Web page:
U.S. EPA will return to court tomorrow to defend its regulations for fighting climate change from multiple challenges by Texas and industry groups.
At issue before the U.S. Court of Appeals for the District of Columbia Circuit are two cases that center on EPA's implementation of greenhouse gas air emissions standards under the Clean Air Act after the agency determined the emissions endangered public health.
Both center on EPA's efforts to review state permitting programs for planned major facilities to ensure that greenhouse gas emissions were considered along with other pollutants regulated under the Clean Air Act.
In one case, Texas, Wyoming and several major industry groups argue that EPA rushed its review of the so-called state implementation plans, or SIPs, and "coerced" states into complying by threatening a ban on construction of new facilities.
In the second, Texas is challenging EPA's decision to retroactively revoke its SIP because the Lone Star State refused to add greenhouse gases to its permitting program.
The petitions are part of a concerted effort by opponents of EPA greenhouse gas regulations to win back some of the territory they have lost since 2007, when the Supreme Court ruled in Massachusetts v. EPA that EPA must consider regulating heat-trapping emissions under the Clean Air Act, as well as subsequent similar rulings.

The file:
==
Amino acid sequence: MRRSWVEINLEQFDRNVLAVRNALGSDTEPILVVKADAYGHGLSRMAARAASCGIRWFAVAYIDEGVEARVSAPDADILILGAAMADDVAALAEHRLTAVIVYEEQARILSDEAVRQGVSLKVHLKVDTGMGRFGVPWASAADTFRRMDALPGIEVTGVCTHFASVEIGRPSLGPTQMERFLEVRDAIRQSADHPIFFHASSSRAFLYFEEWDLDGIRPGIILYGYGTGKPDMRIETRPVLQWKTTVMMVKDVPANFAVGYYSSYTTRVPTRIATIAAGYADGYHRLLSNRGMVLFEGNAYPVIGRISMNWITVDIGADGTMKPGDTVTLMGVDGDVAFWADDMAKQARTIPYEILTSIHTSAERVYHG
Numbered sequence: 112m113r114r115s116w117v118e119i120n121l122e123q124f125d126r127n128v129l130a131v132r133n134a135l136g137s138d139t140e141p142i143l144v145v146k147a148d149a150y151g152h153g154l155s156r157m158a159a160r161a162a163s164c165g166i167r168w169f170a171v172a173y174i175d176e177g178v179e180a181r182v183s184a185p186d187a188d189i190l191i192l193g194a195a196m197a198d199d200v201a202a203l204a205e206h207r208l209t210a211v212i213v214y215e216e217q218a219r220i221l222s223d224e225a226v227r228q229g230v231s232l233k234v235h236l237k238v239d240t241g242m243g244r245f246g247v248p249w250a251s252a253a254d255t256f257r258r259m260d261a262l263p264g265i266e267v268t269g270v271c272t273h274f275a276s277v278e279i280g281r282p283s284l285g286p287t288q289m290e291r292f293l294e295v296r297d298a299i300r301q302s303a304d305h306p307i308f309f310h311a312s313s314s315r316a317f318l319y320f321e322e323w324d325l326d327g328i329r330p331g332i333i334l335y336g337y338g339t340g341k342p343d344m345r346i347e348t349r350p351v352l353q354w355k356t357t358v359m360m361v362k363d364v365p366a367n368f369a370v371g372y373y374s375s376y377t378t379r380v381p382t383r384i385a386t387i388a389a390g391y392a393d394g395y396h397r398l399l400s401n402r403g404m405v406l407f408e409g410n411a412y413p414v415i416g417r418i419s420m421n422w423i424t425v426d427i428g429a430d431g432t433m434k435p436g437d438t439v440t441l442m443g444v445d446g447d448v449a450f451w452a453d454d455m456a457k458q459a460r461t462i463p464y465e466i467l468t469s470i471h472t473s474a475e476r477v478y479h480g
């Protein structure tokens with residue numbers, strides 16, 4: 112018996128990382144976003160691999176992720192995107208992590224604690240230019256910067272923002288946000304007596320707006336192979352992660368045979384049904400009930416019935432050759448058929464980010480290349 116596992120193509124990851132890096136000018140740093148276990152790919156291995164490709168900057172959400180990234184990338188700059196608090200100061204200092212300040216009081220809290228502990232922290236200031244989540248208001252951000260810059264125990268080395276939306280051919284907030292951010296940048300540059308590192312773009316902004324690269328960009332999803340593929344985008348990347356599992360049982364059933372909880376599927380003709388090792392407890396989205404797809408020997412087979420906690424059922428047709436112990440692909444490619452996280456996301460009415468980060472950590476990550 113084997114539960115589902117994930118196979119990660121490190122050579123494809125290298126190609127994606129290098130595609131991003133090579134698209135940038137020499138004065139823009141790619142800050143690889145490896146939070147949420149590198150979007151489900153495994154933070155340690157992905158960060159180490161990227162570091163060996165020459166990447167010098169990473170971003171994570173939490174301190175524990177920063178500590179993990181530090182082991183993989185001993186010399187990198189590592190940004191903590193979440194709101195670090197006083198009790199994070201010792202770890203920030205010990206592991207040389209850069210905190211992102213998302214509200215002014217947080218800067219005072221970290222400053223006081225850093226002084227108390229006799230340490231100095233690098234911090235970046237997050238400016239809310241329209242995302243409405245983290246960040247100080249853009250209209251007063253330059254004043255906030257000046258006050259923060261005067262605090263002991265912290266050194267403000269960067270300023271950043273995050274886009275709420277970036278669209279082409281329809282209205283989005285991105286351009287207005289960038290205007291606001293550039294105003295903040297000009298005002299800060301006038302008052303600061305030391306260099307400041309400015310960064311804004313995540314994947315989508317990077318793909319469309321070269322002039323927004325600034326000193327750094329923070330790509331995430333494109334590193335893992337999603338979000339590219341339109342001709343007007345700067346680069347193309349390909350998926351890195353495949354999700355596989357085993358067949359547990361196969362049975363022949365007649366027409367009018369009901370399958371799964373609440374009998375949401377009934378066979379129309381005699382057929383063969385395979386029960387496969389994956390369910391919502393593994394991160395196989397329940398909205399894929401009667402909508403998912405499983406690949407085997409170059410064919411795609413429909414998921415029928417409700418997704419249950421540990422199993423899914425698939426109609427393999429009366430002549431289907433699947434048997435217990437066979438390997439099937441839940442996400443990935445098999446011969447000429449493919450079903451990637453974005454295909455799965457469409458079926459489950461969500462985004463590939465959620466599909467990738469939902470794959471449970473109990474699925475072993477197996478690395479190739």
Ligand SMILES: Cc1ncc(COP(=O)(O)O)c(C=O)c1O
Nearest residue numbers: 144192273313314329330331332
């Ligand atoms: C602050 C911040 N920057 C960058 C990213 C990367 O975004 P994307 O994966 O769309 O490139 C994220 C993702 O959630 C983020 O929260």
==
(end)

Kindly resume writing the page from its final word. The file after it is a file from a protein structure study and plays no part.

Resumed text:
The first case comes from a broad industry coalition, including the Utility Air Regulatory Group and National Mining Association. When EPA began regulating greenhouse gases under the Clean Air Act in 2010, the agency issued its "tailoring rule" -- providing a way for large stationary emitters to be phased into coverage. A key component of those regulations was ensuring that planned facilities obtain pre-construction prevention of significant deterioration, or PSD, permits.
For many states, EPA issues those permits, ensuring that the facilities install the best available control technology for pollutants included in the Clean Air Act. For 13 states, local authorities held the permitting authority.